Navigation Links
Stretching molecules yields new understanding of electricity
Date:6/10/2010

Cornell University researchers recently stretched individual molecules and watched electrons flow through them, proving that single-molecule devices can be used as powerful new tools for nanoscale science experiments.

The finding, reported in the June 11 issue of the journal Science, probes the effects of strong electron interactions that can be important when shrinking electronics to their ultimate small size limit--single-molecule devices. The work resulted in the first precision tests of a phenomenon known as the underscreened Kondo effect.

"The main advance in our work is that we show single-molecule devices can be very useful as scientific tools to study an interesting phenomenon that has never before been experimentally accessible," said Dan Ralph, the Cornell physics professor who led the study.

The research was funded in part by the Cornell Center for Materials Research, which is supported by the National Science Foundation's (NSF) Division of Materials Research. NSF's Division of Chemistry also contributed to the project.

"Single-molecule devices can indeed be used as model systems for making detailed quantitative studies of fundamental physics inaccessible by any other technique," said first author Joshua Parks, a postdoctoral associate in Cornell's Department of Chemistry and Chemical Biology.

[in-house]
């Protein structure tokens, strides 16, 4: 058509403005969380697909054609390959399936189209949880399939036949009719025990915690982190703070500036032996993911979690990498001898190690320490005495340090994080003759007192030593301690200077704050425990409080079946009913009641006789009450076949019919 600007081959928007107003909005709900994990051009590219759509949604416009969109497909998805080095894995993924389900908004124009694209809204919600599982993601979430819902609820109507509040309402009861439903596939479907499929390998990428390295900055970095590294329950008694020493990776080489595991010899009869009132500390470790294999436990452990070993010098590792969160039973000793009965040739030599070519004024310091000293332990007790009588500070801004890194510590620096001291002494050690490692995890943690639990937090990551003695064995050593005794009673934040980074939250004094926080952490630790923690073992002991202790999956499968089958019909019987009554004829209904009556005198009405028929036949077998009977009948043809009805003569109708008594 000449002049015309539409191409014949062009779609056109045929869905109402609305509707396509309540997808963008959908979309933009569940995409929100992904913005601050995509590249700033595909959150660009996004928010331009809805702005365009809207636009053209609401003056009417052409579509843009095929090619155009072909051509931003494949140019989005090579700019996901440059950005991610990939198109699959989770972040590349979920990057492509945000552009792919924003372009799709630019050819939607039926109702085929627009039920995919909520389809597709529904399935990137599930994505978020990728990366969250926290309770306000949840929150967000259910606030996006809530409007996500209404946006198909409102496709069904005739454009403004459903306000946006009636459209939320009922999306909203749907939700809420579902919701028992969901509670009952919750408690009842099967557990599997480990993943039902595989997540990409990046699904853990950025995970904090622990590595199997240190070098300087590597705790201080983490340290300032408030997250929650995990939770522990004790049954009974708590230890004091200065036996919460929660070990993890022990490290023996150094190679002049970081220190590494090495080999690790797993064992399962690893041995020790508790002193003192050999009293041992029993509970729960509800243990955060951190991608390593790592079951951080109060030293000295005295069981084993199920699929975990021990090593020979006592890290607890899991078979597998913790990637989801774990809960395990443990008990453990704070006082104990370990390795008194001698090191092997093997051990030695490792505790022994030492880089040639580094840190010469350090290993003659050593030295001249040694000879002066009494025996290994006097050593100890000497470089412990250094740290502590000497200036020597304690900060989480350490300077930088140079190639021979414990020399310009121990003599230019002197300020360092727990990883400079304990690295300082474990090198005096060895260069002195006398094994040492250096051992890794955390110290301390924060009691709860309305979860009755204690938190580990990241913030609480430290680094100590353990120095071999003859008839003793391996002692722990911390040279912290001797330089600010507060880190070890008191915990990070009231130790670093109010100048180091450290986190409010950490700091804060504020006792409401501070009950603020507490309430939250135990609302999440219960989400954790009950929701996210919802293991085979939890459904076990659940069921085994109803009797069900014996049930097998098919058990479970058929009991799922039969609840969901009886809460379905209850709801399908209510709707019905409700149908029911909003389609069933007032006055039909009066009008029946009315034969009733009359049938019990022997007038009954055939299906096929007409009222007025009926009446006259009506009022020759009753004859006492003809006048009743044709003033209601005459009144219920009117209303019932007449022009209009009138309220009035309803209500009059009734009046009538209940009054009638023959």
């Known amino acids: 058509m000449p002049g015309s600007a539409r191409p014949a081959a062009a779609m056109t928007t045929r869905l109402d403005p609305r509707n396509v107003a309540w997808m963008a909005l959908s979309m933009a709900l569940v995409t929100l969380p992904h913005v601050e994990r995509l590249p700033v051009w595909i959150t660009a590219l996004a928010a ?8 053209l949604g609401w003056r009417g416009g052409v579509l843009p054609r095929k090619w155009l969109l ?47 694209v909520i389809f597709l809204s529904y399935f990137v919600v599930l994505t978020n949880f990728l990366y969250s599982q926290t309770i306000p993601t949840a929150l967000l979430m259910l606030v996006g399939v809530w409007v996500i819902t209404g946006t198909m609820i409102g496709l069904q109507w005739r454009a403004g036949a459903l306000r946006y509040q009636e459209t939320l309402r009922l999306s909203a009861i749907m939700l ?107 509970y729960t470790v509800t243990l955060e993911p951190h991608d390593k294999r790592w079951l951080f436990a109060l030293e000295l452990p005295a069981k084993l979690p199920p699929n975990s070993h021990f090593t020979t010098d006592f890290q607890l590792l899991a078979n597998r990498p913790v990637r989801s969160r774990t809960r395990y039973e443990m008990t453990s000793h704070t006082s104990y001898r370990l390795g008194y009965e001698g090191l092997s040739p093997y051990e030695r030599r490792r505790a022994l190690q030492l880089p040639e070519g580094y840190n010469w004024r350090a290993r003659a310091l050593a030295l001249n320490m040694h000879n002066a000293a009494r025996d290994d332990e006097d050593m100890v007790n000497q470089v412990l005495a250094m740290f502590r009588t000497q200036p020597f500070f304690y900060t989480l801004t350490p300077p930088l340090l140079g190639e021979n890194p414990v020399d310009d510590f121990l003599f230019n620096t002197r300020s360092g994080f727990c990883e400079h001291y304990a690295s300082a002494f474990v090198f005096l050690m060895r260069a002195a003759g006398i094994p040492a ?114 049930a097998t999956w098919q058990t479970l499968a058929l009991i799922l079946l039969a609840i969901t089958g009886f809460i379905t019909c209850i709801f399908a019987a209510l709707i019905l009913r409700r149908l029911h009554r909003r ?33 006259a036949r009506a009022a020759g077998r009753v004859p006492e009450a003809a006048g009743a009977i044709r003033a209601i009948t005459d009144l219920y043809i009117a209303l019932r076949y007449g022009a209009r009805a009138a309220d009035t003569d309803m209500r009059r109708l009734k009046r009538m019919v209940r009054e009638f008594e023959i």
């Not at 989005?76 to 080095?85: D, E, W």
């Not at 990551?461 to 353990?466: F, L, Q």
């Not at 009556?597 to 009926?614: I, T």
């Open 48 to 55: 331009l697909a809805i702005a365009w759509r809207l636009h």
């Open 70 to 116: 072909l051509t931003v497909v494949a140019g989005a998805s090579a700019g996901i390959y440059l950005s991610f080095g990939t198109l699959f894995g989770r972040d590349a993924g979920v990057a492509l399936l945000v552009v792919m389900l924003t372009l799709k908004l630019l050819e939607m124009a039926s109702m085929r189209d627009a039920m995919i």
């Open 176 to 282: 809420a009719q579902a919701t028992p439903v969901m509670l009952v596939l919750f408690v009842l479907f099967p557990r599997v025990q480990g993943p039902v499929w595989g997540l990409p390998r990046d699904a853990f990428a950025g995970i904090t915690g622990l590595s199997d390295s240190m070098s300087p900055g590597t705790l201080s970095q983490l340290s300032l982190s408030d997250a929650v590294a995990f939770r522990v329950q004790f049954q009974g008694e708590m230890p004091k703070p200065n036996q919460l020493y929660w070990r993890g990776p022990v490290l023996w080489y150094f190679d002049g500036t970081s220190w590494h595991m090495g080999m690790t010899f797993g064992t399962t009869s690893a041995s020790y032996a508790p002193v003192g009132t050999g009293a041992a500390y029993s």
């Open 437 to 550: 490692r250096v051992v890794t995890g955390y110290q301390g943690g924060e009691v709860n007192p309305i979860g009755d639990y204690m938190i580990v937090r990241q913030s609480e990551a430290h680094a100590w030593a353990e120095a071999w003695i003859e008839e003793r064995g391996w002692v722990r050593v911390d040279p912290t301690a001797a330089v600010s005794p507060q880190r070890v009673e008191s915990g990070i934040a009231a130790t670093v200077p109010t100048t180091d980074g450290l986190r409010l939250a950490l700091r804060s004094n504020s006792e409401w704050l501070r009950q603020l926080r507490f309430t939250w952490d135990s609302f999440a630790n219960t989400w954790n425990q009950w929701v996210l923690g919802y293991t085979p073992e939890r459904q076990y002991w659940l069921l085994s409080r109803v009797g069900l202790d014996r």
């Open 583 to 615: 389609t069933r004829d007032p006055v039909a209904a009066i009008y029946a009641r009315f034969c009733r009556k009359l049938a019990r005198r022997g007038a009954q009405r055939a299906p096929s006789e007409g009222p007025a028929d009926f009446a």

Using a cobalt-based complex cooled to extremely low temperatures, Ralph, Parks and an international team of researchers watched electrons move through single molecules and accomplished a feat that until now escaped chemists and physicists. They were able to study the resistance of the flow of electricity within a system's electric field as the temperature approaches absolute zero.

This is known as the Kondo effect.

In physics, the Kondo effect is perhaps the most important model for understanding how electrons interact within a system such as a molecule. Because of the Kondo effect, when a spinning molecule is attached to electrodes, interactions between the molecule and electrons lead to coordinated motion of the electrons, resulting in a localized cloud of electrons that cancels out the molecule's spin and permits the electrons to flow with decreasing resistance as the temperature approaches zero degrees Kelvin, -273 degrees Fahrenheit.

However, theories since 1980 have also predicted for certain types of high-spin molecules the possibility of an underscreened Kondo effect, in which the spin of the molecule is not completely cancelled and the resulting correlations between the flowing electrons are not as complete.

The researchers tested the Kondo effect by placing the cobalt-based complex between two electrodes and slowly stretching individual spin-containing molecules. They were able to manipulate the molecule's magnetic properties and make precise tests of how electrical resistance changes with variations in temperature. The results were found to be in good agreement with predictions for the underscreened Kondo effect.